Why is a distinction made between rotational and translational inertia in the Theory of Dynamic Interactions?

The theory supposes that rotational inertia is basically different to translational rotation, thus it distinguishes between both concepts. The Theory of Dynamic Interactions is based on the inertial impossibility of matter in certain circumstances to modify its previous dynamic state as a result of its inertia, thus the idea of rotational inertia is proposed as an invariant of mass. The resulting laws of behaviour are conceived as nature’s heretofore acknowledged refusal to couple selectively and discriminatingly and enable the conception of a rotational dynamics of interactions for specific and distinct, non-inertial systems that includes the inertial reactions of matter in the bodies endowed with angular momentum.

The inclusion of this conceptual exception to Eulerian thought makes it possible to propose a new interpretation of inertial forces and to include these within the mechanical structure. It further suggests new structures of thought for rotational dynamics, other than those accepted to date for translational mechanics.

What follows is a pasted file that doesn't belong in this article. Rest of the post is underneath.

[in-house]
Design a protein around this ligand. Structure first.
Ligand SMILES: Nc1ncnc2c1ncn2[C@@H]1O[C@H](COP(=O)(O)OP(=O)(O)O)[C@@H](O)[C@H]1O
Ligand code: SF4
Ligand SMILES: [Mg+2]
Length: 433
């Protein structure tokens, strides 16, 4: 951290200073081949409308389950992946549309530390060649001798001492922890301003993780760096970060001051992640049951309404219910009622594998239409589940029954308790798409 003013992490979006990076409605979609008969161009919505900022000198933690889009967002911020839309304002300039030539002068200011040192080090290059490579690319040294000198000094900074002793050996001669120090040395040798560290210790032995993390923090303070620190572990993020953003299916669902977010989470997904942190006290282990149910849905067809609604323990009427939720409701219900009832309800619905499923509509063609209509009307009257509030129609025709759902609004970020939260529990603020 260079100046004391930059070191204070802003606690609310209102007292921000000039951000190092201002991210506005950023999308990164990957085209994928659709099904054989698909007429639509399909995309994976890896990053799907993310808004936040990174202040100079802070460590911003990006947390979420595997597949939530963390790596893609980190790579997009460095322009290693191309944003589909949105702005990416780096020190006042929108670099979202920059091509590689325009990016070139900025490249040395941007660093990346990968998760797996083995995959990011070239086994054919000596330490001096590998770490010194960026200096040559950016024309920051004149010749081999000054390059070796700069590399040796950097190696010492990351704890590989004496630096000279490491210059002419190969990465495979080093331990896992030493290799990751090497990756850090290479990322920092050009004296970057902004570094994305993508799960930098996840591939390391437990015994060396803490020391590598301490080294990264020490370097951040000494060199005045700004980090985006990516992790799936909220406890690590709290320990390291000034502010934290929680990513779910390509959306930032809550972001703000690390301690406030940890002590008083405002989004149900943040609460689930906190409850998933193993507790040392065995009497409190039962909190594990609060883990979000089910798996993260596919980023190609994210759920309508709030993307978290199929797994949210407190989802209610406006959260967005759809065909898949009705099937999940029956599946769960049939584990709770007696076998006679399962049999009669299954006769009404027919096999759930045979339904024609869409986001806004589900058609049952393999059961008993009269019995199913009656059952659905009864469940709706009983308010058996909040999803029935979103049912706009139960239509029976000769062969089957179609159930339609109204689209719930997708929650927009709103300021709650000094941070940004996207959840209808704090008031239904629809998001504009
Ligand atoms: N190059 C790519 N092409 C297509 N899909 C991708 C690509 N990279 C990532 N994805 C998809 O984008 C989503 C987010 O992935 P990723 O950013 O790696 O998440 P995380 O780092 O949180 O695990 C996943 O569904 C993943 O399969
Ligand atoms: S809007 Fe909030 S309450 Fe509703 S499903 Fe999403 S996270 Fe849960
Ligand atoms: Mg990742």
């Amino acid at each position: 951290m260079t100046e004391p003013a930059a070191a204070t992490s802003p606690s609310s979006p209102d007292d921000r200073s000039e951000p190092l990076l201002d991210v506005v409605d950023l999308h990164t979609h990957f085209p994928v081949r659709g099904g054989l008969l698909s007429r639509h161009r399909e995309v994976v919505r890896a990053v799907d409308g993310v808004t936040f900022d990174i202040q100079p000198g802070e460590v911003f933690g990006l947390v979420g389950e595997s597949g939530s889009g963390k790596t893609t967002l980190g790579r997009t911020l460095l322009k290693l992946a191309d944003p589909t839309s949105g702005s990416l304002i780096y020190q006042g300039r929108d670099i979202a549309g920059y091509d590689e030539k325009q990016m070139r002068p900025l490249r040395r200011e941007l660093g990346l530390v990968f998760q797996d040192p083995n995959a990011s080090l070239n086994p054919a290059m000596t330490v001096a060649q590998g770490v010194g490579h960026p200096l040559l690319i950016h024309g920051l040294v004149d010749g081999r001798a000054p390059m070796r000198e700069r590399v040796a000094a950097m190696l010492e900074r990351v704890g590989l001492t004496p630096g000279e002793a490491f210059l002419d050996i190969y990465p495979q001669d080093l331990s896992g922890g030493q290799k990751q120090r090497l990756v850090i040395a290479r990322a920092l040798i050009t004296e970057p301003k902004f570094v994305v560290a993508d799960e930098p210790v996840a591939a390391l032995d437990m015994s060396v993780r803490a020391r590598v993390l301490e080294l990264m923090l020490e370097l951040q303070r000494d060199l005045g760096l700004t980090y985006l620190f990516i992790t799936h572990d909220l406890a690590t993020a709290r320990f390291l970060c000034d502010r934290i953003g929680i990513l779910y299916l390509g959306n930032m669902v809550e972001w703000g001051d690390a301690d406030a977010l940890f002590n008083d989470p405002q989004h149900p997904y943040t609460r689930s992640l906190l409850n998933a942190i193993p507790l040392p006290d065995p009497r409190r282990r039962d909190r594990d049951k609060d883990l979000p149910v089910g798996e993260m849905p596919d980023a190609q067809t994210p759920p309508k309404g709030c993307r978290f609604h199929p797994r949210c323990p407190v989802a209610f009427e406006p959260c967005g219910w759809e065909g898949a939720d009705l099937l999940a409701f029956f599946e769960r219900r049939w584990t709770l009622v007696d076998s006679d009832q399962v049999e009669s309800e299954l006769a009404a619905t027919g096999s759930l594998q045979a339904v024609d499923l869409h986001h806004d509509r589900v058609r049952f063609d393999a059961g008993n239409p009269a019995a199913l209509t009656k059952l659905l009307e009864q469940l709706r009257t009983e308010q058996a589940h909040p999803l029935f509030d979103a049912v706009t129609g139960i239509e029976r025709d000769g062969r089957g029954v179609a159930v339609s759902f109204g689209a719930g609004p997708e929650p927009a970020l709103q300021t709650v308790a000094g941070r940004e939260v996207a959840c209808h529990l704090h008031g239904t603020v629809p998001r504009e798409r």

For example, it can be deduced that the centre of a body’s mass can modify its path owing to the effect of the inertial forces caused by rotations, given that the moment of the system’s centre of mass can be modified by means of a variation to the system’s internal, translational moment, but also by a variation to the system’s internal rotational moment.

This can also be understood as the possible transfer of rotational kinetic energy into translational kinetic energy and vice versa.